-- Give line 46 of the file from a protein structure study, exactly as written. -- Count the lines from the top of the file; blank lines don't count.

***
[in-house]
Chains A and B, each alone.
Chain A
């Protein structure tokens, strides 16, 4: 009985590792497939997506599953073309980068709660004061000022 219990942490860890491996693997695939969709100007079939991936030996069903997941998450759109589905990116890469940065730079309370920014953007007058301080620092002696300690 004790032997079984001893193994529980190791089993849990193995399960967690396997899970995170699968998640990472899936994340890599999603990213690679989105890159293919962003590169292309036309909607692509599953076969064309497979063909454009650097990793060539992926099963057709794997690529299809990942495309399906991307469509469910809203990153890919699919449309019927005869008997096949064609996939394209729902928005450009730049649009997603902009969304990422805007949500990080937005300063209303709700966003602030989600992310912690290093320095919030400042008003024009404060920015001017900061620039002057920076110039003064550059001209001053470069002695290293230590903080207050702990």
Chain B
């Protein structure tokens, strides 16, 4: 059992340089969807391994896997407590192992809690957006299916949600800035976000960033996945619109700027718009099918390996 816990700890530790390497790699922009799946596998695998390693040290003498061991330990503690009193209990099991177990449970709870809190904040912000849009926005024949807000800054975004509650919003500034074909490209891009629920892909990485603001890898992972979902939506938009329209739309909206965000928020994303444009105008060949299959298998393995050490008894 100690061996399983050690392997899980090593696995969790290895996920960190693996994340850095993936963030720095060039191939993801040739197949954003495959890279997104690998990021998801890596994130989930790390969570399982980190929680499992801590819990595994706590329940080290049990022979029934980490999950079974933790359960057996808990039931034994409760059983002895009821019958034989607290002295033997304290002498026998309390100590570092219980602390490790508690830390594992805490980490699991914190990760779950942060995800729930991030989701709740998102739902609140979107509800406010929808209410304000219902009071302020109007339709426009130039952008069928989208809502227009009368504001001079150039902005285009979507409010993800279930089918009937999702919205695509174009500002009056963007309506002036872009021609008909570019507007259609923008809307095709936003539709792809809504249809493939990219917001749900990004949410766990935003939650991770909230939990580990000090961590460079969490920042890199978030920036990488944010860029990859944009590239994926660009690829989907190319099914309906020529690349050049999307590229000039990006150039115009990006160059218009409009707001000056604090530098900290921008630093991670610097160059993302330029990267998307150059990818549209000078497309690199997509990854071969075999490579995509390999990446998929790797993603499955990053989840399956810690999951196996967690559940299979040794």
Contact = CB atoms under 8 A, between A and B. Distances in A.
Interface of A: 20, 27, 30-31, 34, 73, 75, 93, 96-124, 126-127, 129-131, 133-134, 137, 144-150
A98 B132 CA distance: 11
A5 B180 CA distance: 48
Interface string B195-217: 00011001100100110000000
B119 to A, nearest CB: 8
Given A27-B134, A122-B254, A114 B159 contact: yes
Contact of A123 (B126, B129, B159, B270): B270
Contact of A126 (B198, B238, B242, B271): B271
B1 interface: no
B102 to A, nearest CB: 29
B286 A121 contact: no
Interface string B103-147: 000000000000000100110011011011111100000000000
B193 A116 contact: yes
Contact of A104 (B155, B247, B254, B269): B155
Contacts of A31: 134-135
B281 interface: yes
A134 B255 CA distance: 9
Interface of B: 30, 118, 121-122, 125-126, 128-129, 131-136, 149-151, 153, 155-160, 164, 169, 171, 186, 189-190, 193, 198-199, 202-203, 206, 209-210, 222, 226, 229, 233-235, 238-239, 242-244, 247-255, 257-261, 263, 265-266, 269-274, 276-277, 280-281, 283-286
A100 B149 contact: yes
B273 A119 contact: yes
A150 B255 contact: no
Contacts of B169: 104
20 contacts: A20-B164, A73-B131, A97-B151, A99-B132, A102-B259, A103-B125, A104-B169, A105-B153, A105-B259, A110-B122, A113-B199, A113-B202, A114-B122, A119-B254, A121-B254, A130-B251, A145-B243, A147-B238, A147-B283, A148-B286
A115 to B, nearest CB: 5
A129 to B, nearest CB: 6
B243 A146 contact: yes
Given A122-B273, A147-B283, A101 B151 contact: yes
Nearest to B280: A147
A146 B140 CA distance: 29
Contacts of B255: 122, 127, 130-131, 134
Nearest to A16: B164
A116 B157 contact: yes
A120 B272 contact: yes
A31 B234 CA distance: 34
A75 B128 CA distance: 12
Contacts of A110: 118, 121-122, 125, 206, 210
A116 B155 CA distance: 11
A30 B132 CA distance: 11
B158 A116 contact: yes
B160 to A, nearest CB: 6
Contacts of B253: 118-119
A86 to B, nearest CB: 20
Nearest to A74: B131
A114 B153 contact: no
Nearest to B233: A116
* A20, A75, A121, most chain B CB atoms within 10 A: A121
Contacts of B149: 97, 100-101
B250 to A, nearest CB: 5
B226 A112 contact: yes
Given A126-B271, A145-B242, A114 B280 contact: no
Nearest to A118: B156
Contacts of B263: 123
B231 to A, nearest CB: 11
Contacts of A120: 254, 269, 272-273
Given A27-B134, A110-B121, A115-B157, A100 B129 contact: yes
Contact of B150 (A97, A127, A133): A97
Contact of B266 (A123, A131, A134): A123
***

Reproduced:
B158 A116 contact: yes